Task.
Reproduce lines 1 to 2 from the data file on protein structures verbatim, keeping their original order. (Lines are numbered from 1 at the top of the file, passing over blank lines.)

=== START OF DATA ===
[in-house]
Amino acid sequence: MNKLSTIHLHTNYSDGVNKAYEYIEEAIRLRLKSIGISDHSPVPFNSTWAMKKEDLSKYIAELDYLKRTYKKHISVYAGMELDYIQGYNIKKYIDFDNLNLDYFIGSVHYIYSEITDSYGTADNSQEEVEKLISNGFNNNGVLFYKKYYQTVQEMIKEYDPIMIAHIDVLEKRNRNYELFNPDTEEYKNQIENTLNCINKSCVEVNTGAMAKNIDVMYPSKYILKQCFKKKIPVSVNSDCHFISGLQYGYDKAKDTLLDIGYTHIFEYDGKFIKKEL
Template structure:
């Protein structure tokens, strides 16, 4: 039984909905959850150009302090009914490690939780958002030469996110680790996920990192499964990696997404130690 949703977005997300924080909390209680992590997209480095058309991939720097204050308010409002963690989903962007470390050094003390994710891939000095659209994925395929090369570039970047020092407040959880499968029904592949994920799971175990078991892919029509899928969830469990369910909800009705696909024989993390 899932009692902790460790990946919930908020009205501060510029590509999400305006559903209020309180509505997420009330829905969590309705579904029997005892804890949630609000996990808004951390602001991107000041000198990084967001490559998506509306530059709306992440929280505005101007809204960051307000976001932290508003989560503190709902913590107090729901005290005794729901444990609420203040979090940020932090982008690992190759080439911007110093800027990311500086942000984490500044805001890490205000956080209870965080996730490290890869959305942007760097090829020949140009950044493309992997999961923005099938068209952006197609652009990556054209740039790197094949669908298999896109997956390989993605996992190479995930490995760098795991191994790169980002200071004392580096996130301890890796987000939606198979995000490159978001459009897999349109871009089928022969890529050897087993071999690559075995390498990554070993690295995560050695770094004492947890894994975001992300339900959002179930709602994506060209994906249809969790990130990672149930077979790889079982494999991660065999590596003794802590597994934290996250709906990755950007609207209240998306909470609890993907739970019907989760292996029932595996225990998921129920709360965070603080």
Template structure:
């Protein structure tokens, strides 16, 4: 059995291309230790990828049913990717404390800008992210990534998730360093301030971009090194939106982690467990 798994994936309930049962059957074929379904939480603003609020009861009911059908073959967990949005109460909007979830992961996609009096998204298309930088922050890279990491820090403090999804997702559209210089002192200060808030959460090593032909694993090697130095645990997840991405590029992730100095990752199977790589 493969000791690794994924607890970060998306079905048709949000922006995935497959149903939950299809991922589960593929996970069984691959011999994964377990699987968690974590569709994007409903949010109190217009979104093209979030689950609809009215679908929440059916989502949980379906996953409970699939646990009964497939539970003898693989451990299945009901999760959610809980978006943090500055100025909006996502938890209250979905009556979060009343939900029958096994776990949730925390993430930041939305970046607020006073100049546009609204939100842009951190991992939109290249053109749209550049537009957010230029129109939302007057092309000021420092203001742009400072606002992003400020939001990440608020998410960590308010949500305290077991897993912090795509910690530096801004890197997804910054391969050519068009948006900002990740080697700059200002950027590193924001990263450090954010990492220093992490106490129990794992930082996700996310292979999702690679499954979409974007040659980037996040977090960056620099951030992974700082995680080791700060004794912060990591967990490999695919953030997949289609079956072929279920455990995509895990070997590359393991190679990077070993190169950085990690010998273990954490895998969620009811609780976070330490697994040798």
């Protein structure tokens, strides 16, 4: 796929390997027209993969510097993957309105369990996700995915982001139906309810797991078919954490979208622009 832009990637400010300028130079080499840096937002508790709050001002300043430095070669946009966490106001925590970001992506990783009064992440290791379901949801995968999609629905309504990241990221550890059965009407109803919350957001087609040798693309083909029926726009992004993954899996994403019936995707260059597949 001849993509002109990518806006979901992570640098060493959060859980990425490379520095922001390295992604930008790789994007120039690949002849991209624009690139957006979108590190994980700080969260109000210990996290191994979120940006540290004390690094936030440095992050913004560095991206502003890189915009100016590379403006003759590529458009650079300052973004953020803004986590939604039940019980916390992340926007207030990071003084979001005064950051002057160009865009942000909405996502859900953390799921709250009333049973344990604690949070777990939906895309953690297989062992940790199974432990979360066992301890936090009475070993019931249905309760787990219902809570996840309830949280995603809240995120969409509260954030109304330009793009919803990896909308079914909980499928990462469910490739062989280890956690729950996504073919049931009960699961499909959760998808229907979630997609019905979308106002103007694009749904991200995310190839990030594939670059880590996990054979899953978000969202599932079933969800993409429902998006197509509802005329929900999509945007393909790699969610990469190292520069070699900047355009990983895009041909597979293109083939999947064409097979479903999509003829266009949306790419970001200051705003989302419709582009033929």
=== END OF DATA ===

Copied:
[in-house]
Amino acid sequence: MNKLSTIHLHTNYSDGVNKAYEYIEEAIRLRLKSIGISDHSPVPFNSTWAMKKEDLSKYIAELDYLKRTYKKHISVYAGMELDYIQGYNIKKYIDFDNLNLDYFIGSVHYIYSEITDSYGTADNSQEEVEKLISNGFNNNGVLFYKKYYQTVQEMIKEYDPIMIAHIDVLEKRNRNYELFNPDTEEYKNQIENTLNCINKSCVEVNTGAMAKNIDVMYPSKYILKQCFKKKIPVSVNSDCHFISGLQYGYDKAKDTLLDIGYTHIFEYDGKFIKKEL